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Charles E.O. Carter: Modern Astrology's Benefactor

Who was Charles E.O. Carter, and what was his contribution to astrology? His life spanned from the late 19th century through three quarters of the 20th century. He came to astrology while he was a soldier fighting in World War I, seeking answers which would help him cope with the devastation of the world around him. You can see from his chart that the ruler of his fourth house is Saturn in its fall in Cancer near the midheaven. The loss and trauma he had encounter forever changed the direction of his life – and with Saturn in square to his Ascendant-Uranus conjunction in Libra, his identity underwent a major and shocking change. When Charles Carter returned from war, he could no longer settle into his old life as an attorney and sought something with more freedom and ability to move around. We can imagine the surprise among his very traditional family members when Charles adopted this very fringe subject as his career.

That he would be a gifted astrologer is suggested by the Sun and Mercury in Aquarius, considered astrology’s sign, in the house of his joyful pursuits, and this conjunction is applying to his notable Uranus near the Ascendant. Charles Carter described this trine as “an original and energetic mind, dominant and fond of responsibility and leadership.” Not content to practice astrology on his own, Charles Carter would join other astrologers to form The Astrological Lodge in London, where respectability was brought to the practice and teaching of astrology. The Saturn with his Midheaven tells us that he would work very hard to establish a good public image.

Charles Carter also was the founder and editor of The Astrology Magazine, fulfilling the promise of his Jupiter-ruled third house. Jupiter also is in mutual reception with its dispositor, Mars, in the sixth house, telling us of his drive to create an excellent periodical. His Jupiter gifts are also on display in the numerous books he published during his lifetime, including The Principles of Astrology which he wrote to provide students with a solid basic text.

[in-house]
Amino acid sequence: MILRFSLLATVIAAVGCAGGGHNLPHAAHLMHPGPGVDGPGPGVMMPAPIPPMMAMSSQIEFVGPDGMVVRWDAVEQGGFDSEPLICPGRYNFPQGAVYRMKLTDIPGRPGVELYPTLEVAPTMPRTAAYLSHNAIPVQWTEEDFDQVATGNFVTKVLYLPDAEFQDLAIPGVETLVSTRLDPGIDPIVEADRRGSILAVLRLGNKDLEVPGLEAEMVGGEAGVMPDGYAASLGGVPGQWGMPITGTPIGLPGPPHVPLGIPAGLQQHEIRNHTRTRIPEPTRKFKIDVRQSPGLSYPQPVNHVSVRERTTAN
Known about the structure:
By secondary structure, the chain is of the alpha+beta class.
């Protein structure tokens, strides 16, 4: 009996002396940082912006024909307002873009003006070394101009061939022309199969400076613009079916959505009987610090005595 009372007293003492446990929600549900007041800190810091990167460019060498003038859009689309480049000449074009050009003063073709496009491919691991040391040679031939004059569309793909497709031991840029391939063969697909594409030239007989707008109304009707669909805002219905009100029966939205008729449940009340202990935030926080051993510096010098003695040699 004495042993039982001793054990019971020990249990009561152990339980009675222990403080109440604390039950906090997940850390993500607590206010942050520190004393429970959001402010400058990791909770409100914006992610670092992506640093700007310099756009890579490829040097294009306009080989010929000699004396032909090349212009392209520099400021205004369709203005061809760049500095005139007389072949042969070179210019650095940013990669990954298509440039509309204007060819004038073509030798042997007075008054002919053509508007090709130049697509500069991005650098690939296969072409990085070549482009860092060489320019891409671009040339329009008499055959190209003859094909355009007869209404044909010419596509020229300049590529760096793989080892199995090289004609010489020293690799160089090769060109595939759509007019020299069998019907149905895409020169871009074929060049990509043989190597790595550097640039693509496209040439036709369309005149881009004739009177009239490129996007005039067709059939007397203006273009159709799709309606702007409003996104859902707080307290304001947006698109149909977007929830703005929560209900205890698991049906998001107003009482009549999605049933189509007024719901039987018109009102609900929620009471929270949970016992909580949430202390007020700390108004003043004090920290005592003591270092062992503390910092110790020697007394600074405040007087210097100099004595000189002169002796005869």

Famously, Charles Carter was said to have predicted his own death in 1968. While I imagine he must have used a number of predictive techniques, one technique, that of using secondary progressions to note when aspects from the natal chart perfect, was in evidence at the time of his passing. In 1968, the Sun and Mars met by conjunction at 3 degrees of Taurus, in his eighth house of death, just as he was having a lunar return to his eighth house Moon. By transit, his eighth house ruler, Venus, was conjoining his natal Jupiter in Scorpio, which opposed the eighth house stellium. Charles Carter was 81 years old, and Uranus has just ingressed into Libra, bringing liberation to his first house and signaling the beginning of his Uranus return.

Charles E.O. Carter is often considered to be a bridge from the older astrology practiced in England before the war, and modern astrology, which would thrive as early 20th century psychologists learned to combine astrology’s wisdom with the exciting new study which explores our interior life. By giving us practical structures from which astrology could be studied and taught, Charles Carter ensured that astrology would be carried forward to those of us who love to learn the language of the stars.


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